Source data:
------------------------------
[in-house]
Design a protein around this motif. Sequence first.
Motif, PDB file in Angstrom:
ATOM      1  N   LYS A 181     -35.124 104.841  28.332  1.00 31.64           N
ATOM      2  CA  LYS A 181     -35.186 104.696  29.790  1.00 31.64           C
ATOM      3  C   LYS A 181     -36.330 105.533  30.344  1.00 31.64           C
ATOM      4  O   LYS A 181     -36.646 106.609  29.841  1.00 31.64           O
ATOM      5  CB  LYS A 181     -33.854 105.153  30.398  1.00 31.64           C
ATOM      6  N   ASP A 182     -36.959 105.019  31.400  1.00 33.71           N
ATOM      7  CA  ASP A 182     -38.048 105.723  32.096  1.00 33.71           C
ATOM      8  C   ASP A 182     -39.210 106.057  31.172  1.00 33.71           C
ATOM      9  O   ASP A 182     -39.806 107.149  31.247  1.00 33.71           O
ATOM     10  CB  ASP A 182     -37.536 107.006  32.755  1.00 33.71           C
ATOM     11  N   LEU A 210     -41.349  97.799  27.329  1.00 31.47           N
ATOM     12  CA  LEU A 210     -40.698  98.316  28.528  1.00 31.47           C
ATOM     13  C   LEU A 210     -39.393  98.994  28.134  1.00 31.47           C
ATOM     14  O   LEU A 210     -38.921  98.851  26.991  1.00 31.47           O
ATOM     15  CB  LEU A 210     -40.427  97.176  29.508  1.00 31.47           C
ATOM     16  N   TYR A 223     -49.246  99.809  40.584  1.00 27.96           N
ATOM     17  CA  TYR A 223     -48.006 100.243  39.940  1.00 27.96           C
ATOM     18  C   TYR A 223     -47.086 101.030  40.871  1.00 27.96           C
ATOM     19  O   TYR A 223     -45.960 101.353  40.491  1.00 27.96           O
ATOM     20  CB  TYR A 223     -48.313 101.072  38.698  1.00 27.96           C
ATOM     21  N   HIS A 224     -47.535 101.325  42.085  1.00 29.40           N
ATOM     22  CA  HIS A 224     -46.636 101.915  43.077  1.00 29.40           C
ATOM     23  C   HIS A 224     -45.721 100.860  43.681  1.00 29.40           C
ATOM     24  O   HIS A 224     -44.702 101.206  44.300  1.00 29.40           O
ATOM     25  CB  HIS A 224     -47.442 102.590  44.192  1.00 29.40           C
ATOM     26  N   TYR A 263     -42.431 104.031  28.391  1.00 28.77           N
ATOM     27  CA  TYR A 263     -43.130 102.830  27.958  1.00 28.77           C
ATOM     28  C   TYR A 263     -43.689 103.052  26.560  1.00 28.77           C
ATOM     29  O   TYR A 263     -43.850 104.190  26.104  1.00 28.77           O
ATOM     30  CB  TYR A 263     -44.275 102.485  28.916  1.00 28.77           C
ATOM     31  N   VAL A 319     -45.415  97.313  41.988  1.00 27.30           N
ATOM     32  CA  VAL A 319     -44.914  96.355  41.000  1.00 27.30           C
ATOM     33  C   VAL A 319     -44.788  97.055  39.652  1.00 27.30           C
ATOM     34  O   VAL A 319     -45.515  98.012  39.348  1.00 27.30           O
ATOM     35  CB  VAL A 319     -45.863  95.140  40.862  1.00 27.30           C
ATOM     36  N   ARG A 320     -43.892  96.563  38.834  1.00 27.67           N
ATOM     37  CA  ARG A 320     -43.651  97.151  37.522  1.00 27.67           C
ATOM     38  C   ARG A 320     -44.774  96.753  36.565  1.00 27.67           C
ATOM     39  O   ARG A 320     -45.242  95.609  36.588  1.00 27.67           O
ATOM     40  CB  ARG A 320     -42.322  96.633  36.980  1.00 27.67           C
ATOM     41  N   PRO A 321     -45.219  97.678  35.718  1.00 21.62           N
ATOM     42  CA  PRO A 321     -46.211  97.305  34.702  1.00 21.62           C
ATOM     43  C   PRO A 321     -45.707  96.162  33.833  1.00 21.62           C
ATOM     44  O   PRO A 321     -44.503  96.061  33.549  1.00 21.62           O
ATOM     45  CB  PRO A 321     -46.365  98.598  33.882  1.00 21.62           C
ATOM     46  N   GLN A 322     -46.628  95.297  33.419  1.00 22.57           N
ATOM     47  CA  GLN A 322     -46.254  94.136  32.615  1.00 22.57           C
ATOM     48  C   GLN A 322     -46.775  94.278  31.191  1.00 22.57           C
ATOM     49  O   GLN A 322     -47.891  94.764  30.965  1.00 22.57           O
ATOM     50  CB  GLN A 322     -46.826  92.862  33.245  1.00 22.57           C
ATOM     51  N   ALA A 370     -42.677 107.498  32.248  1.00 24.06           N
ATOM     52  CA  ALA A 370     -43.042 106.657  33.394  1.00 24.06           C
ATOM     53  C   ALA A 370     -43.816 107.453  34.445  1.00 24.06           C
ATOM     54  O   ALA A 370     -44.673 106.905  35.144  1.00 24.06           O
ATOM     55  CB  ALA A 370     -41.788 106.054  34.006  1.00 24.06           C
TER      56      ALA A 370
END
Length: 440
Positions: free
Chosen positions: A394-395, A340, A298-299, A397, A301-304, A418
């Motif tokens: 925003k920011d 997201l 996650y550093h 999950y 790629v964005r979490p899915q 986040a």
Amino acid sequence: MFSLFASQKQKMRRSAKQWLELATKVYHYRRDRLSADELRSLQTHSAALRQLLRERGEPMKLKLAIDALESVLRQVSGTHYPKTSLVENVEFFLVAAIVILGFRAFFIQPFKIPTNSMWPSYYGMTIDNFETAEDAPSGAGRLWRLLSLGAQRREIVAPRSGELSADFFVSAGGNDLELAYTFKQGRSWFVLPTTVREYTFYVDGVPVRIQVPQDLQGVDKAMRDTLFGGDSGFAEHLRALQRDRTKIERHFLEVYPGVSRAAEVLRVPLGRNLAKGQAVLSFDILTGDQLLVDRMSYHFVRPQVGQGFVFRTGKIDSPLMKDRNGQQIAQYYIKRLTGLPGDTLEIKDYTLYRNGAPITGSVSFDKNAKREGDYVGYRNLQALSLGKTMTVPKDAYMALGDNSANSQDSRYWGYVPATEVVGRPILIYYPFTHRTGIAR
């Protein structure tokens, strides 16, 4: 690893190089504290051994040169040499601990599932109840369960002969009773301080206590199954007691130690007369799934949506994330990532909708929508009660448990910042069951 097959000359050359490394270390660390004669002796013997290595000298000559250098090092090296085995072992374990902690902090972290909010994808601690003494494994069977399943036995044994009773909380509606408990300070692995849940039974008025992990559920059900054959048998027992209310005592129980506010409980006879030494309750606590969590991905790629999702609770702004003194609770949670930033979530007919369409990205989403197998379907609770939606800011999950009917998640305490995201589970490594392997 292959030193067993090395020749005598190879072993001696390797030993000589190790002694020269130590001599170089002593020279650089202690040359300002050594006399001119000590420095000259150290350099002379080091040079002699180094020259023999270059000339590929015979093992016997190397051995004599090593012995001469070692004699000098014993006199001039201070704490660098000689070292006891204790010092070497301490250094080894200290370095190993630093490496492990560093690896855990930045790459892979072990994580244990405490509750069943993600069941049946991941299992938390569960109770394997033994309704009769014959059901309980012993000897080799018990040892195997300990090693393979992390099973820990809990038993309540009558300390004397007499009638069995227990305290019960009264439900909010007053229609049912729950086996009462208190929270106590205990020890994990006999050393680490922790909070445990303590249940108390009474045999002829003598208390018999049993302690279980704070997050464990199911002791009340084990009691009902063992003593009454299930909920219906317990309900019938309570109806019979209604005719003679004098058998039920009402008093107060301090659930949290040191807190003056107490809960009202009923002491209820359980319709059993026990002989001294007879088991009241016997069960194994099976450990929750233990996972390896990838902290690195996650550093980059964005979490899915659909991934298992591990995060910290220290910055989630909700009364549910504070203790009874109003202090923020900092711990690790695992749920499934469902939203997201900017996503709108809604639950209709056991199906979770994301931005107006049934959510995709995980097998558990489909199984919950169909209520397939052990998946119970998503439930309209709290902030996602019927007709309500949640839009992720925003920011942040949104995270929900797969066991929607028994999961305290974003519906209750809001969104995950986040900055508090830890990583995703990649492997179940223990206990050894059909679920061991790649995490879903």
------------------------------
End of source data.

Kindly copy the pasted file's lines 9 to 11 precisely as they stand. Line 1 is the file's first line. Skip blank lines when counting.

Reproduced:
ATOM      6  N   ASP A 182     -36.959 105.019  31.400  1.00 33.71           N
ATOM      7  CA  ASP A 182     -38.048 105.723  32.096  1.00 33.71           C
ATOM      8  C   ASP A 182     -39.210 106.057  31.172  1.00 33.71           C